Dominic Cummings has failed to make his charges against Boris Johnson stick

The most serious charge the former chief adviser can level against the prime minister is that he thought about doing something unethical but didn’t

John Rentoul
Saturday 24 April 2021 13:05
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Boris Johnson confirms he will publish communications with James Dyson

Dominic Cummings uses a lot of colourful words about the prime minister: “unethical” (twice), “foolish”, “possibly illegal”, “almost certainly broke the rules”, and “below the standards of competence and integrity the country deserves”. But what, exactly, does he say Boris Johnson has done wrong?

Three things. First, Cummings says the prime minister has, through Jack Doyle, his director of communications, falsely accused him of leaking. This seems to be what prompted Cummings’s furious blog post, and he devotes the first three-quarters of it to the subject.

It is all a bit “he said she said” and “he was mean to me” – of interest as gossip, but hardly important. Cummings is probably entitled to feel aggrieved, because it does seem unlikely that he would have leaked the text exchanges between the prime minister and Sir James Dyson. Not least because they show Johnson in a good light, “shifting heaven and earth”, as he put it in the Commons, to get ventilators built at the time, a year ago, when everyone agreed that was the urgent priority.

Cummings is also still smarting at being accused of leaking the decision on the second lockdown last October, but everyone has forgotten what that was all about – which is why Cummings has to remind us that it is “known in the media as ‘the chatty rat story’”.

He tries to make it sound as if it matters by calling it “a leak that affected millions of people”. Well, it affected them in that they were confused to read about the new lockdown before it was formally announced, but to claim, as Cummings goes on to do, that it “caused serious harm to millions” is a bit much. It would be interesting to see the cost-benefit analysis on which Cummings the data scientist bases that claim.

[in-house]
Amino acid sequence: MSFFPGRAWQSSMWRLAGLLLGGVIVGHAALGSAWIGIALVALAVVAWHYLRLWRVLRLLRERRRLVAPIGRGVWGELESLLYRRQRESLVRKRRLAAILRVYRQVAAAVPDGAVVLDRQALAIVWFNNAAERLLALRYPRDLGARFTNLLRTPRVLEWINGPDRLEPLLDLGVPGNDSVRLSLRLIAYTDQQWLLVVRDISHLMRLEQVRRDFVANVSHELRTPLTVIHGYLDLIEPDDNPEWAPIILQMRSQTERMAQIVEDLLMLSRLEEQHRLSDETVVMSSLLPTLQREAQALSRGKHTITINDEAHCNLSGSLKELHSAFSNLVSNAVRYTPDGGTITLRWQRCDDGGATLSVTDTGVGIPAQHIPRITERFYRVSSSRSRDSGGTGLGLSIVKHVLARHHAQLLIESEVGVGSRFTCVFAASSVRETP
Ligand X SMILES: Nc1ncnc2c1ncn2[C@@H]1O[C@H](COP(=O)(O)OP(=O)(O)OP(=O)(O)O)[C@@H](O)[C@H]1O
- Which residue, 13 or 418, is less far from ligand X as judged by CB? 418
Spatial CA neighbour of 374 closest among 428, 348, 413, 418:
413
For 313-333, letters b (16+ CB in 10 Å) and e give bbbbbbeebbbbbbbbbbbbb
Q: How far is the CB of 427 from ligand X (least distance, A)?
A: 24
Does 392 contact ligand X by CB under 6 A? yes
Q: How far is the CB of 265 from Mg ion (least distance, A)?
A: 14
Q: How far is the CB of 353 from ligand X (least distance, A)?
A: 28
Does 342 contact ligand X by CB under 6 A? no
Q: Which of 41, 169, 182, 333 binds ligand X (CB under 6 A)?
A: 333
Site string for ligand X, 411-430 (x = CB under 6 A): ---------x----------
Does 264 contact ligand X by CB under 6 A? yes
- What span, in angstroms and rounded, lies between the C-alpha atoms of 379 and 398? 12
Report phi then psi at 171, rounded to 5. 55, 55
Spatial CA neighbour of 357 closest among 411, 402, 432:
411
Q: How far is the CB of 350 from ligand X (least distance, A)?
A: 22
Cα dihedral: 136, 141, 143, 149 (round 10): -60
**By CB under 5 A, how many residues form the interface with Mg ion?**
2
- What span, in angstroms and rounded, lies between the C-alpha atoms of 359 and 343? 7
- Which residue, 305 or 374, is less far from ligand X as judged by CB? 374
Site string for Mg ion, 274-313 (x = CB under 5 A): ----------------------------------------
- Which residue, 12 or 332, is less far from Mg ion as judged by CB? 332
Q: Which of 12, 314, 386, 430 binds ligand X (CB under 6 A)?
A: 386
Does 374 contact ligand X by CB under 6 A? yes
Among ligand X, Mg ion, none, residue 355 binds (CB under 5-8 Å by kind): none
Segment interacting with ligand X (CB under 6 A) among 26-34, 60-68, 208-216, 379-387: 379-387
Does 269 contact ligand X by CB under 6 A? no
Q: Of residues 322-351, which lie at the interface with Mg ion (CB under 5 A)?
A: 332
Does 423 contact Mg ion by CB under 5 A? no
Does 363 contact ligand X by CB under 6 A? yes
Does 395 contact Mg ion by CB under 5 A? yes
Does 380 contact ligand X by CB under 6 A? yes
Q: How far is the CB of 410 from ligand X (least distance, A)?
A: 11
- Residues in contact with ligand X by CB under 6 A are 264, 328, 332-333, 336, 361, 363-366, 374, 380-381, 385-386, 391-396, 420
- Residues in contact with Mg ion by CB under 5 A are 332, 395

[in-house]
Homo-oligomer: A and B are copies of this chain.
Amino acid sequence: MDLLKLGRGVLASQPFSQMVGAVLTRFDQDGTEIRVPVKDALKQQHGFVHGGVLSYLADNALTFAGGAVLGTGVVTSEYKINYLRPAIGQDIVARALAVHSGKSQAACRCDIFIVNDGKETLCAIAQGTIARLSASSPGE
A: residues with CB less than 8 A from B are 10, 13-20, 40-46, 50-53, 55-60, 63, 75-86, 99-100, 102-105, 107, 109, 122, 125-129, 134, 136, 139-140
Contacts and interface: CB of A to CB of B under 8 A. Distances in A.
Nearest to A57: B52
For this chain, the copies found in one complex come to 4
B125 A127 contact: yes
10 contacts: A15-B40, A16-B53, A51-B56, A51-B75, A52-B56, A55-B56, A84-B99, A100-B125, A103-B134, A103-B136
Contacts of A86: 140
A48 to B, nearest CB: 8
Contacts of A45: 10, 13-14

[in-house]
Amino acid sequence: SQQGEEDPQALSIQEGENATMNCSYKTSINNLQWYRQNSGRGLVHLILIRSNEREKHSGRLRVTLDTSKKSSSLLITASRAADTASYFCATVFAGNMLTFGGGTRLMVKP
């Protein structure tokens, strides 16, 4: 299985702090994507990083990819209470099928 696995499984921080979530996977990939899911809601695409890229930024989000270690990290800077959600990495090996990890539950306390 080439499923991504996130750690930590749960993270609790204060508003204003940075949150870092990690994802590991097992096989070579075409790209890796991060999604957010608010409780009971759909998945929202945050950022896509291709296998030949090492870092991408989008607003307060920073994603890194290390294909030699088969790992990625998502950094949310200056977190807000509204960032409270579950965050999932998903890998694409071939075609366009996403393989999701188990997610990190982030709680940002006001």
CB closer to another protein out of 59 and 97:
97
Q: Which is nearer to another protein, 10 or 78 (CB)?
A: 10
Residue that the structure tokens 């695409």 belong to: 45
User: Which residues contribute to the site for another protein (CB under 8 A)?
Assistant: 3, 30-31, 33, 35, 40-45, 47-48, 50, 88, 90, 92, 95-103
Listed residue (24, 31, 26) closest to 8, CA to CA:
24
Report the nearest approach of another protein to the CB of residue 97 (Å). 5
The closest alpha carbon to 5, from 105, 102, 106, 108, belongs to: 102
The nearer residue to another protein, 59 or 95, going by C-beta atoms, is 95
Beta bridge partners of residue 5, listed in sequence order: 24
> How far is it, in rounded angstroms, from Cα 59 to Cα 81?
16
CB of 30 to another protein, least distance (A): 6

The second allegation of wrongdoing made by Cummings against the prime minister is that he thought about calling off the inquiry into the “chatty rat” leak – when it turned out that the chief suspect was Henry Newman, a political adviser in No 10 and a friend of Carrie Symonds, Johnson’s fiancee.

Cummings says Johnson was “very upset” and recounts their conversation, complete with stage directions: “If Newman is confirmed as the leaker then I will have to fire him, and this will cause me very serious problems with Carrie as they’re best friends … [pause] perhaps we could get the cabinet secretary to stop the leak inquiry?”

No 10 sources are now insistent that Newman was not the leaker – although they have yet to put that on the record – and the inquiry seems to have run into the sand rather than being called off, which is what usually happens to leak inquiries. As Tony Blair said about the Dyson leak, “I find it hard to get worked up about this.”

We are left, then, with the third of Cummings’s charges, which is that Johnson planned to “have donors secretly pay for the renovation” of the No 11 flat. If the prime minister had gone ahead with that plan it would indeed have been unethical, foolish and contrary to the rules requiring the disclosure of political donations. But he didn’t. He announced yesterday that he would be paying for the refurbishment himself – or, at least, that part of it that cost more than the £30,000 annual allowance that has been available to all prime ministers.

Cummings says: “I refused to help him organise these payments.” He was quite right to do so, and it is outrageous that Johnson even considered it. But I do not believe that he would have got away with it. The civil service would have required any such payments to be published. In any case, the story that Johnson was considering such a plan was leaked to the Daily Mail – leaking often being a good, democratic and public-spirited activity.

We should be clear that what was wrong about Johnson’s plan was the secrecy, not the funding. As a taxpayer, I would be delighted to have a Conservative donor pick up the bill for doing up the prime minister’s flat in that historic building. But, obviously, we should know about it.

So the most serious charge that Cummings can level against his former boss is that he thought about doing something unethical but didn’t. Coming from someone who advised the prime minister to suspend parliament to try to stop it blocking Brexit, and who gleefully allowed journalists to think that the prime minister might break the law that did temporarily block Brexit, I would go for a Scottish legal verdict and say of Cummings’s charges: “Not proven.”

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